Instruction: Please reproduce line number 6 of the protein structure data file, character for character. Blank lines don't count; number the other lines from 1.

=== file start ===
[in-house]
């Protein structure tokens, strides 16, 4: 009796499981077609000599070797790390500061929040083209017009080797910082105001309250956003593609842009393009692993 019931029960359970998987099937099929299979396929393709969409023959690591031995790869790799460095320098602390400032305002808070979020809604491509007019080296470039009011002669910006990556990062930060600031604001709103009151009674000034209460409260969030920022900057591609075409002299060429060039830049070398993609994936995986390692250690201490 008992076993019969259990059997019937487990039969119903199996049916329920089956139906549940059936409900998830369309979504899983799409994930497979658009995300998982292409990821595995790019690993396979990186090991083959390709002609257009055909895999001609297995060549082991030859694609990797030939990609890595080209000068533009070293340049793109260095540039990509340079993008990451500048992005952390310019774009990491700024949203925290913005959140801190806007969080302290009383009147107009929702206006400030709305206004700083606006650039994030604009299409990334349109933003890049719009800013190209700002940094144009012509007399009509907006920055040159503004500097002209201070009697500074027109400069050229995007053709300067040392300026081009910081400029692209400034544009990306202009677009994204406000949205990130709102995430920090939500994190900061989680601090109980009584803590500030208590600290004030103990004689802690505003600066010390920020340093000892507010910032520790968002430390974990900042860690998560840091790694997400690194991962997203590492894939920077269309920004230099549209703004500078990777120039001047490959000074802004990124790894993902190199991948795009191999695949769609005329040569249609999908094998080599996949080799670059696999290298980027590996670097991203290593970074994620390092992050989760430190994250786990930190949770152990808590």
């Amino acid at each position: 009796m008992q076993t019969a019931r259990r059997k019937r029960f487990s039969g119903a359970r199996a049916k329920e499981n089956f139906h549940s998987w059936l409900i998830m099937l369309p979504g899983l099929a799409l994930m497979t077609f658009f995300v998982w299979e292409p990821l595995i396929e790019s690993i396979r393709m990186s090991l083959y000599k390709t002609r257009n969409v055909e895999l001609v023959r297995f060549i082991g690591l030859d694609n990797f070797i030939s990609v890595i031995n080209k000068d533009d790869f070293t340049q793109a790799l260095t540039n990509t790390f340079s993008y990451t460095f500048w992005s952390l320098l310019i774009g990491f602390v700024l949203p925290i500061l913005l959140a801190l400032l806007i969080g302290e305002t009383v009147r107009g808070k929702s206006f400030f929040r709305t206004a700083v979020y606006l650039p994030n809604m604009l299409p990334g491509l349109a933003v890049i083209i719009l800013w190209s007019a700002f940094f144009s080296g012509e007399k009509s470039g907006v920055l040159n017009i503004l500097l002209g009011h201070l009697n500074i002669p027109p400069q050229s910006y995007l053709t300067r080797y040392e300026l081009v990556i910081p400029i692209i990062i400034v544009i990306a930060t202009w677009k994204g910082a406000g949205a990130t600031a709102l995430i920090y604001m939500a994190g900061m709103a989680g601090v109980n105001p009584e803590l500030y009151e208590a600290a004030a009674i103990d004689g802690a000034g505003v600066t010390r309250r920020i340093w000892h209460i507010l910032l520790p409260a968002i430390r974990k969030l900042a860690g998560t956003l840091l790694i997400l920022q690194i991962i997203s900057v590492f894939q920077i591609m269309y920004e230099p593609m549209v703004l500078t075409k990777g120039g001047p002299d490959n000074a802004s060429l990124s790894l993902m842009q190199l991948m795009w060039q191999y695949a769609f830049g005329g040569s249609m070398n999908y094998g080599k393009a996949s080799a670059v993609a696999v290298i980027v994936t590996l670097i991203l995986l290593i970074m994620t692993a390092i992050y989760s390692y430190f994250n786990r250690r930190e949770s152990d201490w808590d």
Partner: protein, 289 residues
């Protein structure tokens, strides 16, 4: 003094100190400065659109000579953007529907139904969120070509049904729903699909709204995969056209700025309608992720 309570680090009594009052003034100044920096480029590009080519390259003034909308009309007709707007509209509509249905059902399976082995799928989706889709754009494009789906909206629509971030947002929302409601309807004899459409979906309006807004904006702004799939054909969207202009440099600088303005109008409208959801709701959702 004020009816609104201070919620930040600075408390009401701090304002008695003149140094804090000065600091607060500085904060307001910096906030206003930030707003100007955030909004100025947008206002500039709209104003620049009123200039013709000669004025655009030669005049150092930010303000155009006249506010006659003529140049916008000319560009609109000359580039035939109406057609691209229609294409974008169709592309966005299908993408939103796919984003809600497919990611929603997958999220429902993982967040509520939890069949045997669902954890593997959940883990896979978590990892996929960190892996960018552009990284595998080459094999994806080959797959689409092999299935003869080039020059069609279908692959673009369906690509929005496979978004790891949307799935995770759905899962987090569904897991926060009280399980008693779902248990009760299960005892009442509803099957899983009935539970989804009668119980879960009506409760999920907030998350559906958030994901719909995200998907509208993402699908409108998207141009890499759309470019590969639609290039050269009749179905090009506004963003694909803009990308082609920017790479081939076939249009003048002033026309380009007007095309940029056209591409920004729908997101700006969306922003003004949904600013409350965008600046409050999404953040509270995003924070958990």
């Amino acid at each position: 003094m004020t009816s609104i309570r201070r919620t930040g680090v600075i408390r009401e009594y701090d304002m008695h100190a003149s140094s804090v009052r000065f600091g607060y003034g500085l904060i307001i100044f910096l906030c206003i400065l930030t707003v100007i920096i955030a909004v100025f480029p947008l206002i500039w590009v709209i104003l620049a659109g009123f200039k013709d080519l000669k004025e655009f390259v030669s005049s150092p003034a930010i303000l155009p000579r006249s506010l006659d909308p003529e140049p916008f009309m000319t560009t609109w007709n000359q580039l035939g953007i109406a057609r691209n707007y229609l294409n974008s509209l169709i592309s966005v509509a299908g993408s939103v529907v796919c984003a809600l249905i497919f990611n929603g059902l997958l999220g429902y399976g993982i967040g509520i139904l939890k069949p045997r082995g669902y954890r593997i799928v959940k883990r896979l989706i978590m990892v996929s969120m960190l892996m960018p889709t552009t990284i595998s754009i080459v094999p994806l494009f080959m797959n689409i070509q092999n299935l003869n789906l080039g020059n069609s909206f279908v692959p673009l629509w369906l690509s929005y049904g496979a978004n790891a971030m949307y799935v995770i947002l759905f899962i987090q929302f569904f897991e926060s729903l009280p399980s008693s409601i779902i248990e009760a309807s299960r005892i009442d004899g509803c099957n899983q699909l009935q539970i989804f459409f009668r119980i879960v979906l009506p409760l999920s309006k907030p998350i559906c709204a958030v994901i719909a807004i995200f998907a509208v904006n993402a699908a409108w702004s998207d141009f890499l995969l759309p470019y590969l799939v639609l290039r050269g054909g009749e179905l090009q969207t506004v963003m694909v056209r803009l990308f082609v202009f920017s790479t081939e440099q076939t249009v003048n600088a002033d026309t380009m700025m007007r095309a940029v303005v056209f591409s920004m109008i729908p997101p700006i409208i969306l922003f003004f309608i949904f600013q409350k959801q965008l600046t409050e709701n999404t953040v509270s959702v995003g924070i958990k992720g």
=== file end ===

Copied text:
């Amino acid at each position: 003094m004020t009816s609104i309570r201070r919620t930040g680090v600075i408390r009401e009594y701090d304002m008695h100190a003149s140094s804090v009052r000065f600091g607060y003034g500085l904060i307001i100044f910096l906030c206003i400065l930030t707003v100007i920096i955030a909004v100025f480029p947008l206002i500039w590009v709209i104003l620049a659109g009123f200039k013709d080519l000669k004025e655009f390259v030669s005049s150092p003034a930010i303000l155009p000579r006249s506010l006659d909308p003529e140049p916008f009309m000319t560009t609109w007709n000359q580039l035939g953007i109406a057609r691209n707007y229609l294409n974008s509209l169709i592309s966005v509509a299908g993408s939103v529907v796919c984003a809600l249905i497919f990611n929603g059902l997958l999220g429902y399976g993982i967040g509520i139904l939890k069949p045997r082995g669902y954890r593997i799928v959940k883990r896979l989706i978590m990892v996929s969120m960190l892996m960018p889709t552009t990284i595998s754009i080459v094999p994806l494009f080959m797959n689409i070509q092999n299935l003869n789906l080039g020059n069609s909206f279908v692959p673009l629509w369906l690509s929005y049904g496979a978004n790891a971030m949307y799935v995770i947002l759905f899962i987090q929302f569904f897991e926060s729903l009280p399980s008693s409601i779902i248990e009760a309807s299960r005892i009442d004899g509803c099957n899983q699909l009935q539970i989804f459409f009668r119980i879960v979906l009506p409760l999920s309006k907030p998350i559906c709204a958030v994901i719909a807004i995200f998907a509208v904006n993402a699908a409108w702004s998207d141009f890499l995969l759309p470019y590969l799939v639609l290039r050269g054909g009749e179905l090009q969207t506004v963003m694909v056209r803009l990308f082609v202009f920017s790479t081939e440099q076939t249009v003048n600088a002033d026309t380009m700025m007007r095309a940029v303005v056209f591409s920004m109008i729908p997101p700006i409208i969306l922003f003004f309608i949904f600013q409350k959801q965008l600046t409050e709701n999404t953040v509270s959702v995003g924070i958990k992720g």